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Multiple International financial services firms have signed up to a new U.K. government charter designed to improve gender diversity in senior positions within the sector.
The charter, which 72 firms have signed, commits companies to linking the remuneration packages of their executives to gender diversity targets and was unveiled at the London Stock Exchange on Monday. It also commits firms to setting out internal targets for gender diversity in senior management, publishing progress reports and appointing a senior executive responsible for gender diversity and inclusion.
The firms that have signed up span sectors including insurance, retail banking, asset management, mutual funds and FinTech. These include banks like Deutsche Bank, Barclays, Credit Suisse, Aberdeen Asset Management among others. Financial trade bodies such as the U.K. Treasury, the U.K.'s Financial Conduct Authority and a few others have also signed the charter. A full list of signatories is available here.
The charter was based on recommendations set out in the Jayne Anne Gadhia review, which was launched at the Bank of England in March this year. The review found U.K. financial services were male-dominated, with female representation on boards at around 23 percent and on executive committees at around 14 percent.
"I am delighted by the large number of financial services firms who have signed the HMT Women in Finance Charter," Jayne-Anne Gadhia, the chief executive of Virgin Money, said in a statement released by UK Treasury. "They include firms from across the U.K. financial services sector, with large investment banks, retail banks, asset managers and insurers amongst the signatories."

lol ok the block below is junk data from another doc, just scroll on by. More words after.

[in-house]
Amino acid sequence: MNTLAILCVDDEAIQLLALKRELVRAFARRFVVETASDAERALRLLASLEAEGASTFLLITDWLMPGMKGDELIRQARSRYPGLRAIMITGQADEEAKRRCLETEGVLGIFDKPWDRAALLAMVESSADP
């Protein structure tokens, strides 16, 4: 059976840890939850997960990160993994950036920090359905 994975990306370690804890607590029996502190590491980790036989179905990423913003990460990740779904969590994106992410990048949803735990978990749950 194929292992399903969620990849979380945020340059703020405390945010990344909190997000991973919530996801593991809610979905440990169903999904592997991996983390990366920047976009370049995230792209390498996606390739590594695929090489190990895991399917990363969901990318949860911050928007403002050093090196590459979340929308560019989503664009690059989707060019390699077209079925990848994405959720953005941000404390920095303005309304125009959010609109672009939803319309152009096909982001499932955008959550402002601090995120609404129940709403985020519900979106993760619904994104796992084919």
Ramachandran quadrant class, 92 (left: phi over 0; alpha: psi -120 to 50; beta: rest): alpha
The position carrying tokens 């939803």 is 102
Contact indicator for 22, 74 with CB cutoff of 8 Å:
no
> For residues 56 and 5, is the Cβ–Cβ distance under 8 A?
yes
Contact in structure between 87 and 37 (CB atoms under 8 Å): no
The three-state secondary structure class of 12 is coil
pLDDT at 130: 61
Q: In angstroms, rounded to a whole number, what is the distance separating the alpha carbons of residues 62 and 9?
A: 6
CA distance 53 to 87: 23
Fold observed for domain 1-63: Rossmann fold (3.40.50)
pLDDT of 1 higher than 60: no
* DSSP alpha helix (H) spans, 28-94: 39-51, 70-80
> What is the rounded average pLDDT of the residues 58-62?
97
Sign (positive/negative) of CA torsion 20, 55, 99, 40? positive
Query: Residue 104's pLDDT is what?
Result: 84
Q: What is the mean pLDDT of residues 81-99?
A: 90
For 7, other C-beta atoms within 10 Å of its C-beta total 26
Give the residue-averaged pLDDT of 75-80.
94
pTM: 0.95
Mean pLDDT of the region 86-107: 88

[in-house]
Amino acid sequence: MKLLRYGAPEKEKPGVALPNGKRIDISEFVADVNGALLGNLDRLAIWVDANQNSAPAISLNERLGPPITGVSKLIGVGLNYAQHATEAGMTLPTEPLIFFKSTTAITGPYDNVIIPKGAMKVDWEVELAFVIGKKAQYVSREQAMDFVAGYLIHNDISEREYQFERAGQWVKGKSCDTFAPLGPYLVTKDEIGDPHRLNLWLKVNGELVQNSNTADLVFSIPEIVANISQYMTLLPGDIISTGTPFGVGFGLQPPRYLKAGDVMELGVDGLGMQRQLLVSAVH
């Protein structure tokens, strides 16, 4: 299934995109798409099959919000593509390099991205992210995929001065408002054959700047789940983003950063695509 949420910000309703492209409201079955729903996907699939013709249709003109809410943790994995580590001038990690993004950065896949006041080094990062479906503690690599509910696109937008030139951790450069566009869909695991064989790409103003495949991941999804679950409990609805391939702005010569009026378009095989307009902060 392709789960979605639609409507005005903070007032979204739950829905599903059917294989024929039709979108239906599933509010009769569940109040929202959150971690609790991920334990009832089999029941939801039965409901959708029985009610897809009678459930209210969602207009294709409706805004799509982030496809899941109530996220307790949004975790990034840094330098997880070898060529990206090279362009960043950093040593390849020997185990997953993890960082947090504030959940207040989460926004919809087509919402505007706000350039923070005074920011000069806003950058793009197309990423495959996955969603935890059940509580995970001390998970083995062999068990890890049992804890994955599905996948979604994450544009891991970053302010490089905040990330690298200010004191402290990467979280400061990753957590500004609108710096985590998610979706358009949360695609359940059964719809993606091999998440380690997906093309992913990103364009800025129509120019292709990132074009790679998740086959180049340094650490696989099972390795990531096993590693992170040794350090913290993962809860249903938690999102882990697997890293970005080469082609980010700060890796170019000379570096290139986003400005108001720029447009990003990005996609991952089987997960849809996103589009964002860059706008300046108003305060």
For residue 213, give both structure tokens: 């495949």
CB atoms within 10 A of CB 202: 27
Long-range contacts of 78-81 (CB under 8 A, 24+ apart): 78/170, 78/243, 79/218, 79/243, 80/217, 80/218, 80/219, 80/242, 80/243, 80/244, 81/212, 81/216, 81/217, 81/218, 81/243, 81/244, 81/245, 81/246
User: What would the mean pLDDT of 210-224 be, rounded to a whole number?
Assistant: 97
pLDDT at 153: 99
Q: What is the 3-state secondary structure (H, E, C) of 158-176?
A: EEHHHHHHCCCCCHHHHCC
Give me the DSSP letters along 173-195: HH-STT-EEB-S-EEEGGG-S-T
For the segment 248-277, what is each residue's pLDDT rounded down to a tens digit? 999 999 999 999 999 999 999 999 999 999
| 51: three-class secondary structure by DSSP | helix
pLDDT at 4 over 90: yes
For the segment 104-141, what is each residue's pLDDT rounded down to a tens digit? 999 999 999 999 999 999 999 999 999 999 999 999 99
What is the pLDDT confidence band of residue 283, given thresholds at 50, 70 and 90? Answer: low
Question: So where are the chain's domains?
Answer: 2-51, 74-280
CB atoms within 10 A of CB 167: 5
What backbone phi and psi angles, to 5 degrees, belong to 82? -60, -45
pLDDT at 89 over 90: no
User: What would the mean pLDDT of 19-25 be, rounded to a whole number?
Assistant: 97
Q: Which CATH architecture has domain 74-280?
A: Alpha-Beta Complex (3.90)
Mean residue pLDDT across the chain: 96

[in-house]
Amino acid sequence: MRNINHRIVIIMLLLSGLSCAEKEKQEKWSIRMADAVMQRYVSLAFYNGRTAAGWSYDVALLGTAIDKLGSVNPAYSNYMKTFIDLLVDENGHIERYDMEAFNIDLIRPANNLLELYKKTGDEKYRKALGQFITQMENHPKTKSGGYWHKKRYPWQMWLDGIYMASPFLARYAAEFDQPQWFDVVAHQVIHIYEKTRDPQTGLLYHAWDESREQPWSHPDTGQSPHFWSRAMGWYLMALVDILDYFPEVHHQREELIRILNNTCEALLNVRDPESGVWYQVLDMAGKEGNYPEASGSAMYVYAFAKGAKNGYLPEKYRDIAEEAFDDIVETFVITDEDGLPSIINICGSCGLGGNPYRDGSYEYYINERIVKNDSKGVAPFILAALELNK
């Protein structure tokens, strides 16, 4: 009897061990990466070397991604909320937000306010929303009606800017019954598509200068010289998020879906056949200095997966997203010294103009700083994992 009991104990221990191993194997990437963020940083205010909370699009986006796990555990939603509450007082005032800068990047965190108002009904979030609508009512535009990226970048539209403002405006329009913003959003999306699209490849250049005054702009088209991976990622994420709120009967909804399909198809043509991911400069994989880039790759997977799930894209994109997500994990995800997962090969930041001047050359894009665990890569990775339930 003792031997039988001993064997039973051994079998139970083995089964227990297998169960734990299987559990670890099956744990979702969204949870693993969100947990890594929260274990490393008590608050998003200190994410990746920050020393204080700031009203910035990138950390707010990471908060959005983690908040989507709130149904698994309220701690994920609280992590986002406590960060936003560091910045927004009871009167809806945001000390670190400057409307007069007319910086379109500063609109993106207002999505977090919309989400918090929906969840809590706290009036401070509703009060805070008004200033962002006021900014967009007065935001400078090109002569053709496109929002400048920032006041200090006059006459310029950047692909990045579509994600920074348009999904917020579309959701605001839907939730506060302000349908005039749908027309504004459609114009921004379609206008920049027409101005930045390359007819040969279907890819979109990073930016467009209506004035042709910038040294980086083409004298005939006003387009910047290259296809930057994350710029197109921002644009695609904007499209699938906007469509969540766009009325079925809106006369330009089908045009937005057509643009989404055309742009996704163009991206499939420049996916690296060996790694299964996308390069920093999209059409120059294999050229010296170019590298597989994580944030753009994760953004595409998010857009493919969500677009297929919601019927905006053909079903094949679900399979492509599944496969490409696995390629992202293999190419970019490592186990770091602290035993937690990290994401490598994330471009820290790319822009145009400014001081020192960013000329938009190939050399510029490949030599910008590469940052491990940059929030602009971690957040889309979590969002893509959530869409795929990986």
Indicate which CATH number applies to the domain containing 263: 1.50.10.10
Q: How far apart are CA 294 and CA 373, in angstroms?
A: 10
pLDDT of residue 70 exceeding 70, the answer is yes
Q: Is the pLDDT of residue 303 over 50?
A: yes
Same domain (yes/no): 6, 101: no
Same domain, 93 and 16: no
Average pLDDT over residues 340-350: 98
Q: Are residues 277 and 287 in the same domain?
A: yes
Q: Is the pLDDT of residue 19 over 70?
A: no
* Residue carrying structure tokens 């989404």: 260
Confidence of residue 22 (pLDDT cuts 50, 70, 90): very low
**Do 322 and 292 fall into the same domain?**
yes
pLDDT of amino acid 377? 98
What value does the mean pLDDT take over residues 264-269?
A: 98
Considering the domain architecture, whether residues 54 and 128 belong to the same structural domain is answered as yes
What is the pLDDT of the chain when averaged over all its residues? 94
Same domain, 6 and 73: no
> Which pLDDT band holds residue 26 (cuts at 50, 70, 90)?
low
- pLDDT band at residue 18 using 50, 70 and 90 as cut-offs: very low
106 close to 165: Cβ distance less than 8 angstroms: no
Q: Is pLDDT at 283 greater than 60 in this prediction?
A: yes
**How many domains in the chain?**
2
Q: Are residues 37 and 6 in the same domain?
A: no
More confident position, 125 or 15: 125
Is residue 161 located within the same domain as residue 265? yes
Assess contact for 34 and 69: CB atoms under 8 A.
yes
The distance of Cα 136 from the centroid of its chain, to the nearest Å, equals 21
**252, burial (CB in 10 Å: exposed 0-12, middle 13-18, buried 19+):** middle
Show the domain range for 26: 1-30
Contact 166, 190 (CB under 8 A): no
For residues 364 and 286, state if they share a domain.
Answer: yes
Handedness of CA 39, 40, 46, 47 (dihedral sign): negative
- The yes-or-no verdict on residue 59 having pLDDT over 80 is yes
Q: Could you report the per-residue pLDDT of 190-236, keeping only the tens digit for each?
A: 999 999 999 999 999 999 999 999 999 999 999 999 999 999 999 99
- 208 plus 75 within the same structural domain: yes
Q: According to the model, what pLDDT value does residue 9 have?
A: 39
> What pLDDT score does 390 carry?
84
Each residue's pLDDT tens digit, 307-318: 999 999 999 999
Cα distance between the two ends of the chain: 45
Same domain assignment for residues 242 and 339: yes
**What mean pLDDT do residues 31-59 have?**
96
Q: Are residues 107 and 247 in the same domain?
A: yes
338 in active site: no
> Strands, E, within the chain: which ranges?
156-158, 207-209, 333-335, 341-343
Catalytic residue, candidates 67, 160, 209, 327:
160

Some firms have already set targets for female inclusion, such as the Royal Bank of Scotland, which was one of the charter's signatories.
"We have set targets to have at least 30 percent women in leadership roles by 2020 in every one of our franchises and we're aiming for full gender balance in all areas of our business by 2030," Marjorie Strachan, head of inclusion at the Royal Bank of Scotland, said in a statement.
The U.K.'s Hermes Investment Management, which has £24.1 billion (£18.5 billion) of assets under management, was another signatory.
"I find it absurd that while senior executives may have sympathy with the social case for achieving a greater mix within their businesses, few see it as a necessity for achieving the right balance of growth and risk management," Saker Nusseibeh, chief executive of the institutional asset management firm, said in a statement.
"The truth is that companies should be nurturing and growing their pipeline of talent and with women making up 50 per cent of this possible pool, to ignore them is value destructive," he added.
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